Wayfair are the latest to lay off a significant number of staff as the economy slows and the pandemic boost to ecommerce evaporates. This comes after the furniture and home retailer and marketplace’s Q2 results were announced earlier in the month with revenue down almost 15%.
Having seen the tailwinds of the pandemic accelerate the adoption of ecommerce shopping, that growth was not sustained and the Wayfair team is too large for the environment we are now in which has led to the adjustment in staffing requirements for a profitable sustainable future.
Over the past few years, we’ve grown Wayfair significantly to keep pace with the ecommerce growth in the home category. We were seeing the tailwinds of the pandemic accelerate the adoption of ecommerce shopping, and I personally pushed hard to hire a strong team to support that growth. This year, that growth has not materialized as we had anticipated. Our team is too large for the environment we are now in, and unfortunately we need to adjust.– Niraj Shah, CEO, Wayfair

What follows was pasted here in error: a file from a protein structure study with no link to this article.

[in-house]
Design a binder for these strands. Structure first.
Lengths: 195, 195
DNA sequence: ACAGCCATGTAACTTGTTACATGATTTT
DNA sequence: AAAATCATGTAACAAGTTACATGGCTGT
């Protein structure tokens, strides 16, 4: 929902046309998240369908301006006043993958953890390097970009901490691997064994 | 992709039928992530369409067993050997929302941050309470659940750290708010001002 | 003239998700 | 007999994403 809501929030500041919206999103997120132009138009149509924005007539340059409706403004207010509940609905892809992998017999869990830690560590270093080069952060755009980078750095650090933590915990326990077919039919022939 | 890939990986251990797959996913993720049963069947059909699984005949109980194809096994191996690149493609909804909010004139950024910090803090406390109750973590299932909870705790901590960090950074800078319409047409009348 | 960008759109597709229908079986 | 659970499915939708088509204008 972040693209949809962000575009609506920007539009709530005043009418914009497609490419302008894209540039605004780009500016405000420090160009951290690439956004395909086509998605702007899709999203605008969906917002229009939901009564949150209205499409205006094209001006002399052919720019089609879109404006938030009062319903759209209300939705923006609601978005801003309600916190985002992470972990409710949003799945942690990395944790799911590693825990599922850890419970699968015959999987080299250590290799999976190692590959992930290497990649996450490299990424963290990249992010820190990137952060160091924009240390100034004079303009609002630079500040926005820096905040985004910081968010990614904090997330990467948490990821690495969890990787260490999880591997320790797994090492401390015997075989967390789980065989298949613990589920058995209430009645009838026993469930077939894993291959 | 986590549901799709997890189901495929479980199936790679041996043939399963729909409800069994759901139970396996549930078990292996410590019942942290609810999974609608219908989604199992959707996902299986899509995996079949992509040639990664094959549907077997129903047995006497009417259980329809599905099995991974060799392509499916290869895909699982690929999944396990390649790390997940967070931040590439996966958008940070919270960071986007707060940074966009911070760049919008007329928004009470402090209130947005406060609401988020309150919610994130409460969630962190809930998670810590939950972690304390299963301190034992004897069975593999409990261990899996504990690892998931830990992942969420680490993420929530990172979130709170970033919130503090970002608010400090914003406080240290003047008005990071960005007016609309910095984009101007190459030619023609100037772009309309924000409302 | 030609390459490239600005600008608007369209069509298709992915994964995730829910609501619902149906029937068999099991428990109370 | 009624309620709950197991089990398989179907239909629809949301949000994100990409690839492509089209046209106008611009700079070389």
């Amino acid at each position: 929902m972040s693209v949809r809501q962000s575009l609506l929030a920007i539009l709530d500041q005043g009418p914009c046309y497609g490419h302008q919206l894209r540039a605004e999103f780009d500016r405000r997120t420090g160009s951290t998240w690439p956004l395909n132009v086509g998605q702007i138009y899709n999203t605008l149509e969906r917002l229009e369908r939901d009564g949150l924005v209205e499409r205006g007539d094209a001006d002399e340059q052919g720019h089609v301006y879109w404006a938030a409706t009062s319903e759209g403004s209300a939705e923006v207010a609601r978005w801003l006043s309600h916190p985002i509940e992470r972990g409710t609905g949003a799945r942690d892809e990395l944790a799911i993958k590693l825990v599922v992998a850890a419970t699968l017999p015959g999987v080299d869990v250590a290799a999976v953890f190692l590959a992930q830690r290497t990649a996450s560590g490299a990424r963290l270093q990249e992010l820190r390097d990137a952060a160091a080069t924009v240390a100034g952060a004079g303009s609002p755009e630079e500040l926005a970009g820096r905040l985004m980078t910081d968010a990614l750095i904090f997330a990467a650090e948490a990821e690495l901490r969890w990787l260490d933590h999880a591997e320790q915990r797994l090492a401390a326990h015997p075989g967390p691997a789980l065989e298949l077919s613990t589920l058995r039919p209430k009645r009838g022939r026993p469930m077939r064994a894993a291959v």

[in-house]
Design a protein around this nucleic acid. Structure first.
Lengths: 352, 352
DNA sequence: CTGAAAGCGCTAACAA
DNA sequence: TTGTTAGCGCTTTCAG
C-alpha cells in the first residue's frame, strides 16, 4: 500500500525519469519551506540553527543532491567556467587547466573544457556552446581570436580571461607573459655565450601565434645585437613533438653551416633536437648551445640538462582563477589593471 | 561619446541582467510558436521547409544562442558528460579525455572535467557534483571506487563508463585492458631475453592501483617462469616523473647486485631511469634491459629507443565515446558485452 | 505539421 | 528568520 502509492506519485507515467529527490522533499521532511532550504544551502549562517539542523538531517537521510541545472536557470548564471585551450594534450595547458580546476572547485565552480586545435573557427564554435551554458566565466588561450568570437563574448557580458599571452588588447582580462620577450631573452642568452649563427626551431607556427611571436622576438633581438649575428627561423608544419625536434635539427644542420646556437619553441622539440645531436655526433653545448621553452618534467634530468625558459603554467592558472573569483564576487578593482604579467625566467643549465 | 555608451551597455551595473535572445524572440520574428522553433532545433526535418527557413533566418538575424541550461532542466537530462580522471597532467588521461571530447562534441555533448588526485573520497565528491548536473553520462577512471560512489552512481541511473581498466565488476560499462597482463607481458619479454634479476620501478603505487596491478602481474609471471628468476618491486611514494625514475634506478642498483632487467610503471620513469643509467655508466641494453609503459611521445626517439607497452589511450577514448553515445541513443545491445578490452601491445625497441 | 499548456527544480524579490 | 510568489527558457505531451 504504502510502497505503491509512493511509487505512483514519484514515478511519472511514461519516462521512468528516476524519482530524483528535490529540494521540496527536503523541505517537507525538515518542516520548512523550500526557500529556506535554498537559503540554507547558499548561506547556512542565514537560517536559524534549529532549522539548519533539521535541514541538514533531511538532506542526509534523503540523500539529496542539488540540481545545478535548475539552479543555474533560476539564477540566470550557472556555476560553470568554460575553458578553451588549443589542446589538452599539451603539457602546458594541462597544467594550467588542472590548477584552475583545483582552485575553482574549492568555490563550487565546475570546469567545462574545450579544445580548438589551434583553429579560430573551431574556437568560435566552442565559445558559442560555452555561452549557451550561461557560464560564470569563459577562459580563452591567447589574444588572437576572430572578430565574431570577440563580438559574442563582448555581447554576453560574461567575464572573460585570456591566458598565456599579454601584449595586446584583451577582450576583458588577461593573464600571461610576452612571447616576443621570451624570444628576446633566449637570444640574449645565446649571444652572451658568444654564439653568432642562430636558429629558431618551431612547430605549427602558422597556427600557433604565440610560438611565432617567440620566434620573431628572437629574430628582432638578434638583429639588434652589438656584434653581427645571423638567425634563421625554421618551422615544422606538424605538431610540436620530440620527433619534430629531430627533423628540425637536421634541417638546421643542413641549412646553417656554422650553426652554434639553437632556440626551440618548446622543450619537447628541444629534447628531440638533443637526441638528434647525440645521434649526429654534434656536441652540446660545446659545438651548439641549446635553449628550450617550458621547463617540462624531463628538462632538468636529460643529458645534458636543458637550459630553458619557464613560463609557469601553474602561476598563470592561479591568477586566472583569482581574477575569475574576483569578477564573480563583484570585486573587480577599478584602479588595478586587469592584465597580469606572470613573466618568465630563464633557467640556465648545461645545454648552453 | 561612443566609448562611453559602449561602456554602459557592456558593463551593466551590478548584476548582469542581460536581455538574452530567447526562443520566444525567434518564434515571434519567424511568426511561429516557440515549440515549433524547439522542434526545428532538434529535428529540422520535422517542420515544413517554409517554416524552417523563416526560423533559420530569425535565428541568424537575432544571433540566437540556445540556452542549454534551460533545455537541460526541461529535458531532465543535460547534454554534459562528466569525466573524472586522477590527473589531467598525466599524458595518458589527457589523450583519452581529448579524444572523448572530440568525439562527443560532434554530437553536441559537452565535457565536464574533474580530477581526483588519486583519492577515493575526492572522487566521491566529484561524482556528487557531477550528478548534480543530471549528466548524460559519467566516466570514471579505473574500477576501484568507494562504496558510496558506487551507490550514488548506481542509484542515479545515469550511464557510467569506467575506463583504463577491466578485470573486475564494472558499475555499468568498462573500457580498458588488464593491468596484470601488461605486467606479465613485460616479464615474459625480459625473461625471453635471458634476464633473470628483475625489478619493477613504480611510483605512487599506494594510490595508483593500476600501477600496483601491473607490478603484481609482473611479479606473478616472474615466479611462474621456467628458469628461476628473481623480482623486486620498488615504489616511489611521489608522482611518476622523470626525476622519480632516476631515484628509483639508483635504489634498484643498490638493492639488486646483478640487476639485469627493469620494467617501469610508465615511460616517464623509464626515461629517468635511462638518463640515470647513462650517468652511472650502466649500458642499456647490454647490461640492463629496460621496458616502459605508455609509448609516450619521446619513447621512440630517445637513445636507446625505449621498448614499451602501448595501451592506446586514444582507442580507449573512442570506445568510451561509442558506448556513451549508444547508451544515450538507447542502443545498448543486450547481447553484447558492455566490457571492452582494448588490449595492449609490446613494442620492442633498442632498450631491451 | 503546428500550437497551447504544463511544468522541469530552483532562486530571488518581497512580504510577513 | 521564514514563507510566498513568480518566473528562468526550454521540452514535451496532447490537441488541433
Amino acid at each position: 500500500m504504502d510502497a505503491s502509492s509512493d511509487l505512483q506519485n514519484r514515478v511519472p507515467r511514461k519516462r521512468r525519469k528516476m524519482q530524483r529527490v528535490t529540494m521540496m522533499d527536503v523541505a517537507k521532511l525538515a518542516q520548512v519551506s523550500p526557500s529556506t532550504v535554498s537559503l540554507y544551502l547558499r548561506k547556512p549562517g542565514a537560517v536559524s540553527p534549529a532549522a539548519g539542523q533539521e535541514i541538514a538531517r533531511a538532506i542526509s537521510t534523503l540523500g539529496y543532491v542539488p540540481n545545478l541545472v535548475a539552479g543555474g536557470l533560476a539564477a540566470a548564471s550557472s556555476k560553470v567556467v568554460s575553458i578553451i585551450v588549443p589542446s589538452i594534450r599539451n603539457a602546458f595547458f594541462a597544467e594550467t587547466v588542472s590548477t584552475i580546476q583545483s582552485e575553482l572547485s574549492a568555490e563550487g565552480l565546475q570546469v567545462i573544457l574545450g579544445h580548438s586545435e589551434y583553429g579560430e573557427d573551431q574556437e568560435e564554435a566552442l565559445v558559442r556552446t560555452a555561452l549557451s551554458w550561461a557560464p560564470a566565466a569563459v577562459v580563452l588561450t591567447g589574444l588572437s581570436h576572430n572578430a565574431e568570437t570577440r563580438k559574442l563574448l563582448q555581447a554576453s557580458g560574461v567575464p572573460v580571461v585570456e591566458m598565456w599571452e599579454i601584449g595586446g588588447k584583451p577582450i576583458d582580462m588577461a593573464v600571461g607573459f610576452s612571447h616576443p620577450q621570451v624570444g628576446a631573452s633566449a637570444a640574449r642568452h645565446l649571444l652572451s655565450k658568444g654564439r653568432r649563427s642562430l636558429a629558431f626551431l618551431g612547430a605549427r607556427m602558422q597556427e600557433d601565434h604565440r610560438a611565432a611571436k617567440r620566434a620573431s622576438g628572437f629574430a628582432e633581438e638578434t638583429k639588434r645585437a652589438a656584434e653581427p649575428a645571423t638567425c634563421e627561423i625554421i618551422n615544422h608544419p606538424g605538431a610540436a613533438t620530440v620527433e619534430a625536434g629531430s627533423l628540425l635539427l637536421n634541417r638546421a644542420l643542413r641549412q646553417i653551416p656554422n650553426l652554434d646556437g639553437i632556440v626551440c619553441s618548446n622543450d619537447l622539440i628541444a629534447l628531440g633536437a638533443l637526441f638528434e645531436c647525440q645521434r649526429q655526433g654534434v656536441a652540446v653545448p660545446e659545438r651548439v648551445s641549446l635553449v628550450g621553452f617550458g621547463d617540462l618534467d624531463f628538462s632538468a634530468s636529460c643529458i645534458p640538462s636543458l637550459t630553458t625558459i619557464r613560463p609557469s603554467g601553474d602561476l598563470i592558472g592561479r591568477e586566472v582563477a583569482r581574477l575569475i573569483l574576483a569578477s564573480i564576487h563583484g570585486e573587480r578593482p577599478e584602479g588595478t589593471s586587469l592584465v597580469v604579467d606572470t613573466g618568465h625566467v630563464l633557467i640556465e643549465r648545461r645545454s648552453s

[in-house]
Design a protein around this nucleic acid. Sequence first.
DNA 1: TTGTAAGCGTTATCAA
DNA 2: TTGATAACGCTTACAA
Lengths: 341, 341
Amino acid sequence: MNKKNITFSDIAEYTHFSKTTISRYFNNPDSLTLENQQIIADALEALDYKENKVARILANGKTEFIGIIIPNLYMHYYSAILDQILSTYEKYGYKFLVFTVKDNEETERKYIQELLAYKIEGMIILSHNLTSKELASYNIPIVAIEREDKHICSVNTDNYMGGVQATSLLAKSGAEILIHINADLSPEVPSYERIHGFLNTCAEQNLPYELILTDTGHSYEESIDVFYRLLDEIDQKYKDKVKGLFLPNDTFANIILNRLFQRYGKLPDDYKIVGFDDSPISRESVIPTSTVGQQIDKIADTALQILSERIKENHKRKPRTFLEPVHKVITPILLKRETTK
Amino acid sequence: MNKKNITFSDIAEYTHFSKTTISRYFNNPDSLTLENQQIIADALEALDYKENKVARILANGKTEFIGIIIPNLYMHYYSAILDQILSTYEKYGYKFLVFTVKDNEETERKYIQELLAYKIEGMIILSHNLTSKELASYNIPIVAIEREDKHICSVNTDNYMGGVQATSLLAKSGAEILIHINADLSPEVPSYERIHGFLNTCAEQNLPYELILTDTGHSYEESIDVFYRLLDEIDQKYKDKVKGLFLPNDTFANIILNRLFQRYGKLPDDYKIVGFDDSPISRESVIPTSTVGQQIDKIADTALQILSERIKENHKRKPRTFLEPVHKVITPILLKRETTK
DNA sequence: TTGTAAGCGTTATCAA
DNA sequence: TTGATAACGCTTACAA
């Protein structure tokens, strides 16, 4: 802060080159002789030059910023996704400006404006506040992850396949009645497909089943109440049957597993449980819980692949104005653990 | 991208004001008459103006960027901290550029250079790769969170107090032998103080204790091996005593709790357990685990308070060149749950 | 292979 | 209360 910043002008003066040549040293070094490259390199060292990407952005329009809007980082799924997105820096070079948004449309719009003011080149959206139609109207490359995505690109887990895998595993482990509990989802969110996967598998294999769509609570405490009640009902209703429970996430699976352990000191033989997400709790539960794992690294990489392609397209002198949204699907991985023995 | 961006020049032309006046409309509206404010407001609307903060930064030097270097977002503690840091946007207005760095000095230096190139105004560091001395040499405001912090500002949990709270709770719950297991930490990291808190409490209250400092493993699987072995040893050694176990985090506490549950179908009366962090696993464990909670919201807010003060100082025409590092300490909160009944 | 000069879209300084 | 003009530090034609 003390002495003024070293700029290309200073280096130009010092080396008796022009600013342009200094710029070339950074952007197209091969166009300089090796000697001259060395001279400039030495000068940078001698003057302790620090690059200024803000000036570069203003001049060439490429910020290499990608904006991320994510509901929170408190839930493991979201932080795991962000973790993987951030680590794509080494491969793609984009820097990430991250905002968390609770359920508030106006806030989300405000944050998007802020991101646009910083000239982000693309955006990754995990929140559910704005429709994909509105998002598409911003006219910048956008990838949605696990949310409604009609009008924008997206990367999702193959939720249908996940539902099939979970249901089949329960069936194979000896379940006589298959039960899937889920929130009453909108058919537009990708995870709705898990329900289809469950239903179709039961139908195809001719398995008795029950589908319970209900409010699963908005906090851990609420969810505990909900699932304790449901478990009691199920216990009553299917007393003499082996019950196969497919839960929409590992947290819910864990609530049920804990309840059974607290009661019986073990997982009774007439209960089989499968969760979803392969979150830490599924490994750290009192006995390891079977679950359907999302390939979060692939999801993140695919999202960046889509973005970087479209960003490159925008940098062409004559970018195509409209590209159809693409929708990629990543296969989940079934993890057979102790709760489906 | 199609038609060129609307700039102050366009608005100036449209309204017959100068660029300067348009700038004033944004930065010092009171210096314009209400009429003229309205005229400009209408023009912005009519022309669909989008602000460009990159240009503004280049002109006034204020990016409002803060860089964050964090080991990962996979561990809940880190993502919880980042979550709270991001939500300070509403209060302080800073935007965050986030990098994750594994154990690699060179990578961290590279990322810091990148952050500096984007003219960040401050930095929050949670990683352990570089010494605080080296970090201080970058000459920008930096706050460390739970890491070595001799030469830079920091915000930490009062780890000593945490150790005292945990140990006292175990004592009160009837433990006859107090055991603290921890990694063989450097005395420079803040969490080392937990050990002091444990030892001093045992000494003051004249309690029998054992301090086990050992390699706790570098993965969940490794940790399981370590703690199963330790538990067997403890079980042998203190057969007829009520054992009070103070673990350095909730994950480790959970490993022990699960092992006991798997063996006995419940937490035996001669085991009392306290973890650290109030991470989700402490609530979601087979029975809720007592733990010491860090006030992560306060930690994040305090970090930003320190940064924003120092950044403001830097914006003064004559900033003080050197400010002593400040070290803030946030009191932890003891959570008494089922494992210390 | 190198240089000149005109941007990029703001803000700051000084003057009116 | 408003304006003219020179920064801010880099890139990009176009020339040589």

This is desperately sad for those who have lost their jobs, but is the inevitable consequence for those that expanded rapidly as the pandemic boosted ecommerce and then hit a brick wall with the reopening of physical retail coupled with soaring inflation. It’s easy to blame the Russian war in Ukraine with soaring gas and oil prices but there is also a post-pandemic bill to pay and consumer spending is going to be severely constrained for some time to come. Shopify also found themselves in the same position as Wayfair.
We’re hearing rumours of a number of businesses in trouble – Businesses best placed to move forward will be those who relied on existing staff and investment to maximise on pandemic sales. Those worst placed will be businesses who rapidly expanded warehouse space and recruited to run the facilities and are now seeing the pandemic boost dissolve away.
Wayfair will lose nearly 900 staff, with a thinning out of management layers to enable team members to focus on execution, aligning our work with strategic priorities, and adjusting areas that have simply grown faster than our current revenue trajectory can support.